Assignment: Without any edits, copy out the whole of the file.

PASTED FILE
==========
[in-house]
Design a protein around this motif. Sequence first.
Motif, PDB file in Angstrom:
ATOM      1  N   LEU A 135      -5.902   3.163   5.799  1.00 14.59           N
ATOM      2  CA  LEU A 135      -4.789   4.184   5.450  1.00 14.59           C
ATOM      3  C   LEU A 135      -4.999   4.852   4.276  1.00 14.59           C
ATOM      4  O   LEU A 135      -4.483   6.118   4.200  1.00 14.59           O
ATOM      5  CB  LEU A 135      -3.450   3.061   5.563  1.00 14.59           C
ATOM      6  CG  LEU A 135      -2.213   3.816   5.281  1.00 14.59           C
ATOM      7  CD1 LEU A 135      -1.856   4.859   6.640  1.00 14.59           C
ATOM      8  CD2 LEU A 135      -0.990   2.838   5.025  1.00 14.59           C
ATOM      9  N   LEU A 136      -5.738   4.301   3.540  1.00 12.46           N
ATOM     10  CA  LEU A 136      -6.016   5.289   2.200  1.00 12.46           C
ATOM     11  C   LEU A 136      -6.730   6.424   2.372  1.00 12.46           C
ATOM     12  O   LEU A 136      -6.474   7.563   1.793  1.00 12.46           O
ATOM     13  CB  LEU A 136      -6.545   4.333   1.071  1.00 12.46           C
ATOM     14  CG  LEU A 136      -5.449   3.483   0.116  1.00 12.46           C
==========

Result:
[in-house]
Design a protein around this motif. Sequence first.
Motif, PDB file in Angstrom:
ATOM      1  N   LEU A 135      -5.902   3.163   5.799  1.00 14.59           N
ATOM      2  CA  LEU A 135      -4.789   4.184   5.450  1.00 14.59           C
ATOM      3  C   LEU A 135      -4.999   4.852   4.276  1.00 14.59           C
ATOM      4  O   LEU A 135      -4.483   6.118   4.200  1.00 14.59           O
ATOM      5  CB  LEU A 135      -3.450   3.061   5.563  1.00 14.59           C
ATOM      6  CG  LEU A 135      -2.213   3.816   5.281  1.00 14.59           C
ATOM      7  CD1 LEU A 135      -1.856   4.859   6.640  1.00 14.59           C
ATOM      8  CD2 LEU A 135      -0.990   2.838   5.025  1.00 14.59           C
ATOM      9  N   LEU A 136      -5.738   4.301   3.540  1.00 12.46           N
ATOM     10  CA  LEU A 136      -6.016   5.289   2.200  1.00 12.46           C
ATOM     11  C   LEU A 136      -6.730   6.424   2.372  1.00 12.46           C
ATOM     12  O   LEU A 136      -6.474   7.563   1.793  1.00 12.46           O
ATOM     13  CB  LEU A 136      -6.545   4.333   1.071  1.00 12.46           C
ATOM     14  CG  LEU A 136      -5.449   3.483   0.116  1.00 12.46           C